Former Crypto-Friendly Regulator Quintenz Joins VC Firm A16z

Brian Quintenz stepped down from the CFTC at the end of August.

AccessTimeIconSep 10, 2021 at 3:47 p.m. UTC
Updated May 11, 2023 at 6:36 p.m. UTC

Former crypto-friendly commodities regulator Brian Quintenz has joined venture capital firm Andreessen Horowitz (a16z) as a part-time adviser.

Announced Thursday, Quintenz becomes the latest high-profile addition to the firm, which has backed numerous projects in the tech and crypto industries. The prolific VC firm raised over $2 billion for its Crypto Fund III earlier this summer.

Quintenz said he was “thrilled” to join the company, saying the firm “has the acumen and pioneering vision” to build partnerships and drive a crypto revolution.

“The regulatory response to crypto innovation will be critical in whether an openly accessible, fully transparent, and decentralized value-creating financial ecosystem can be truly achieved. I’m excited to engage with both entrepreneurs and regulators to ensure that full potential can become a reality,” he said.

Quintenz, who stepped down from his role as one of the top officials at the Commodity Futures Trading Commission (CFTC) at the end of August, has long been a proponent of the crypto industry, suggesting that participants create self-regulatory organizations and sponsoring the agency’s Technology Advisory Committee during his tenure.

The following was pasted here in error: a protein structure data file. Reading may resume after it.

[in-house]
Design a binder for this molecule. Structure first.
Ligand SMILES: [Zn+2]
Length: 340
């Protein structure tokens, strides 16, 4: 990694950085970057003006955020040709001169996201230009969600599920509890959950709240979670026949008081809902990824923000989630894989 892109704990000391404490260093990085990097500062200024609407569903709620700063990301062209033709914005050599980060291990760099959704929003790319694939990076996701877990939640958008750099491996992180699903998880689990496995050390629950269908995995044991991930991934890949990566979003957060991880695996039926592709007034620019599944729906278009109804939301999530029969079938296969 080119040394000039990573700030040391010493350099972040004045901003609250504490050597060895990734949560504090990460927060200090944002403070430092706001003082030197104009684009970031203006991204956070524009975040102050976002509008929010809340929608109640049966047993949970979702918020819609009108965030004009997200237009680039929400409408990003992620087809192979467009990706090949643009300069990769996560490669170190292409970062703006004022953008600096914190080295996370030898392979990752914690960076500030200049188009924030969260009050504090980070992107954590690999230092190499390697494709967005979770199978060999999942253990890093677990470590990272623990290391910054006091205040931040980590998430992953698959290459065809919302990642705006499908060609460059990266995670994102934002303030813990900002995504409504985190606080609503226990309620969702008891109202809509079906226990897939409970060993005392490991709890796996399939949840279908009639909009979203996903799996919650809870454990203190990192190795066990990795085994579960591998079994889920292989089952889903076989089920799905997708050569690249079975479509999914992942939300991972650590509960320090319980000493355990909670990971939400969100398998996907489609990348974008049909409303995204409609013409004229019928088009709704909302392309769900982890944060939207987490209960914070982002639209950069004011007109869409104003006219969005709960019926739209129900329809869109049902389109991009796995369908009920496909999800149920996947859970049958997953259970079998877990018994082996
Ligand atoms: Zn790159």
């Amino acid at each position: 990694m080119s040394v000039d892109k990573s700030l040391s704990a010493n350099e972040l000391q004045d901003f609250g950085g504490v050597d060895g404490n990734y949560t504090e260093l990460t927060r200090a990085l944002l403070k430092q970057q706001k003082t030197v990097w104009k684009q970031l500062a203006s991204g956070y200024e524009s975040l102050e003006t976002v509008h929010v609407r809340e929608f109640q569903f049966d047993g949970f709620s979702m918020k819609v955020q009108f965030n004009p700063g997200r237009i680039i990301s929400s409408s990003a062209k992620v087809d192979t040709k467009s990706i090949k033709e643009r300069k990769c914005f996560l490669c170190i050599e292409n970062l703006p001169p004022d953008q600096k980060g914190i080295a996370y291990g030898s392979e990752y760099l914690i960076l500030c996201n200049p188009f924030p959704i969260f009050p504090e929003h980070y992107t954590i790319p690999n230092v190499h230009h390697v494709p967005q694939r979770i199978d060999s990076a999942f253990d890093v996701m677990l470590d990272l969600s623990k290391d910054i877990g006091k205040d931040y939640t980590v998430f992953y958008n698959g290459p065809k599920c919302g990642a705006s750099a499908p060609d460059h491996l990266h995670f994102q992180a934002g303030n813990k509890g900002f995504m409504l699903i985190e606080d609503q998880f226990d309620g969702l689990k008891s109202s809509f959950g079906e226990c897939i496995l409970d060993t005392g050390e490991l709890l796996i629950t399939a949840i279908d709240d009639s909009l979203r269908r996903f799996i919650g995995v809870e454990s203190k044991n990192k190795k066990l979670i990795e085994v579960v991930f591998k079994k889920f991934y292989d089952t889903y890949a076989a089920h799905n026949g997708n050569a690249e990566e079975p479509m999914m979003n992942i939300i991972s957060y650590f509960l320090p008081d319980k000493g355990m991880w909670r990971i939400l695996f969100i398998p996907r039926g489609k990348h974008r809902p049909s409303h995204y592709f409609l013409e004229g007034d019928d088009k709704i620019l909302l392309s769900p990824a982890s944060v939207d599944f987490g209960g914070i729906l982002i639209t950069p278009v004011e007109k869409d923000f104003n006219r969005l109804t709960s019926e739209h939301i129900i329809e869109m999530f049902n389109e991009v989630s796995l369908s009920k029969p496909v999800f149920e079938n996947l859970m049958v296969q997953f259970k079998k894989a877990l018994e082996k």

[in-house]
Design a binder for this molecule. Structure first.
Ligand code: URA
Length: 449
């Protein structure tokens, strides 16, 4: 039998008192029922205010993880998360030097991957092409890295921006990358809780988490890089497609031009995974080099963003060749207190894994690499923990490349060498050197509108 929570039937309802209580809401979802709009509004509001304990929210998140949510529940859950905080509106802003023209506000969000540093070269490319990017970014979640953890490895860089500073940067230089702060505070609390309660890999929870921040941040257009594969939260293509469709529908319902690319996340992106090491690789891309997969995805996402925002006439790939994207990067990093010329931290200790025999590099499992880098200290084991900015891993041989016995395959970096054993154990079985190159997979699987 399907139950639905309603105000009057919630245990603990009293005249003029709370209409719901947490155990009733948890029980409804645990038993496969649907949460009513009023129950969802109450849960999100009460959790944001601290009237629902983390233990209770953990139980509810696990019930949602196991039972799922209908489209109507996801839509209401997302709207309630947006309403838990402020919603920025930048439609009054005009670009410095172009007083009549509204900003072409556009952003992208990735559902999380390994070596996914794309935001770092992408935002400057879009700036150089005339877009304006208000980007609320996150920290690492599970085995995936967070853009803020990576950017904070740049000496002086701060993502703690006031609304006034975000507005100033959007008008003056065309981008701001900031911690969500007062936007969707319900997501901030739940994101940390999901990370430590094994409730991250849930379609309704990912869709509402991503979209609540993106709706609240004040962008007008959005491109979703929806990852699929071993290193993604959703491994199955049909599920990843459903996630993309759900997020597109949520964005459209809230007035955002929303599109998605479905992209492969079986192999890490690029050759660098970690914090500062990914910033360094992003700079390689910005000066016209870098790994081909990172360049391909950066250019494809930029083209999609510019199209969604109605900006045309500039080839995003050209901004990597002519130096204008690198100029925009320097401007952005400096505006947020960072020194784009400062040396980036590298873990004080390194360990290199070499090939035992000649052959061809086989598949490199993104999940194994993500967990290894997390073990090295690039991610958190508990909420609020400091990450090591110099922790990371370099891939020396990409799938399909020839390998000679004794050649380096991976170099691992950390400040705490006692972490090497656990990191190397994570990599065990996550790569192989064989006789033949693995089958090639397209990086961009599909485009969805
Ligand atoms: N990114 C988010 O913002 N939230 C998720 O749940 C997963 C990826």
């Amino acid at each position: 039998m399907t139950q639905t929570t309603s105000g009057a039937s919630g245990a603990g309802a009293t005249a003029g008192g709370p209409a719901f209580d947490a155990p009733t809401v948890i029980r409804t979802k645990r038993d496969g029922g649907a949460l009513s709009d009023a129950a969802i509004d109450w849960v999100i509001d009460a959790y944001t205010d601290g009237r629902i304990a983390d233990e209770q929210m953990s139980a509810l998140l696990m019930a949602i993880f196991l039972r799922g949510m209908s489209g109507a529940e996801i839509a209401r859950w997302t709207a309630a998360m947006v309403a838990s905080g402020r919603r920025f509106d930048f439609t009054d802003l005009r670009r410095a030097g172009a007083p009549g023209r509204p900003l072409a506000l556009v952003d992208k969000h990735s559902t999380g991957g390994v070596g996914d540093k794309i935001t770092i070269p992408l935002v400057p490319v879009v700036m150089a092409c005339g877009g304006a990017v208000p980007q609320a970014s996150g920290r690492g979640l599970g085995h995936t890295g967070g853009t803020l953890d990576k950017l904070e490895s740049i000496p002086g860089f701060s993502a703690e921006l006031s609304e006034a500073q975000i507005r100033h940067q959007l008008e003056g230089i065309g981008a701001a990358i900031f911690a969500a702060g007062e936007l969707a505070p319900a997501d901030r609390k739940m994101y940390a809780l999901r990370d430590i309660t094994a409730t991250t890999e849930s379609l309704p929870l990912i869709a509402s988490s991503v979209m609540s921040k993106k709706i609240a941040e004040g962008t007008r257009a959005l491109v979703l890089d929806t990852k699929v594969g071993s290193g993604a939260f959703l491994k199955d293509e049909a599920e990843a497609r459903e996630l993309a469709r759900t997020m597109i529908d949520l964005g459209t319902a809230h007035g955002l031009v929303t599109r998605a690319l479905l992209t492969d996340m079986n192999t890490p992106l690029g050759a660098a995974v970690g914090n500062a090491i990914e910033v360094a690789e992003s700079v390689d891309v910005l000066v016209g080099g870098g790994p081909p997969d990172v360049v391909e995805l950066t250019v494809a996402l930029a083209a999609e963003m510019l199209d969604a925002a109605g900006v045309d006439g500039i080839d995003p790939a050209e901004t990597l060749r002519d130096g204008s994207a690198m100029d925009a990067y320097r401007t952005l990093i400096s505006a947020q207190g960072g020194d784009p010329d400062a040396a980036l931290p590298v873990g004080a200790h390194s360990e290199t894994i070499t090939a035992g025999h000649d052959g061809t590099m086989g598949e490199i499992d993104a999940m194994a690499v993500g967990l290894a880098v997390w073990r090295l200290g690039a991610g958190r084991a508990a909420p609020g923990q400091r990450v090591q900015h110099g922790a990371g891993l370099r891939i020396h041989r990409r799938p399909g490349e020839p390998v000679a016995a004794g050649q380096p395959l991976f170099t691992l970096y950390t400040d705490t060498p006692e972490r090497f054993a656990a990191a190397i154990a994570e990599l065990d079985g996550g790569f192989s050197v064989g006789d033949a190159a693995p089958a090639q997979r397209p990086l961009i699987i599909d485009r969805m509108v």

The regulator’s term officially expired in mid-2020, but government rules allowed him to stay on through the end of 2021.

Staffing up

A16z, which operates a number of dedicated crypto venture funds, has been rapidly expanding its team in recent months, particularly its crypto division. The firm has drawn from both the crypto industry as well as more traditional industries and government.

Quintenz joins the firm as the U.S. government ramps up its scrutiny of the still-growing crypto industry. The CFTC’s securities-focused counterpart, the Securities and Exchange Commission (SEC), has recently indicated a renewed focus on regulating or bringing enforcement actions against newer sectors of the industry such as decentralized finance (DeFi).

SEC Chair Gary Gensler has said that U.S. regulators need more “plenary authority” to oversee trading, lending and DeFi platforms, citing a need for stronger investor protections.

Gensler has hinted that, in his view, all crypto trading platforms may need to fall under the SEC’s jurisdiction. Recent actions against Coinbase, of which a16z is a major backer, would seem to reflect that.

At present, there is no single federal regulator for spot crypto trading markets.

Quintenz has pushed back, tweeting that the SEC’s authority does not include commodities or commodity trading platforms, including crypto assets.

UPDATE (Sept. 9, 2021, 13:35 UTC): Updated with a statement from Brian Quintenz.


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Nikhilesh De

Nikhilesh De is CoinDesk's managing editor for global policy and regulation. He owns marginal amounts of bitcoin and ether.

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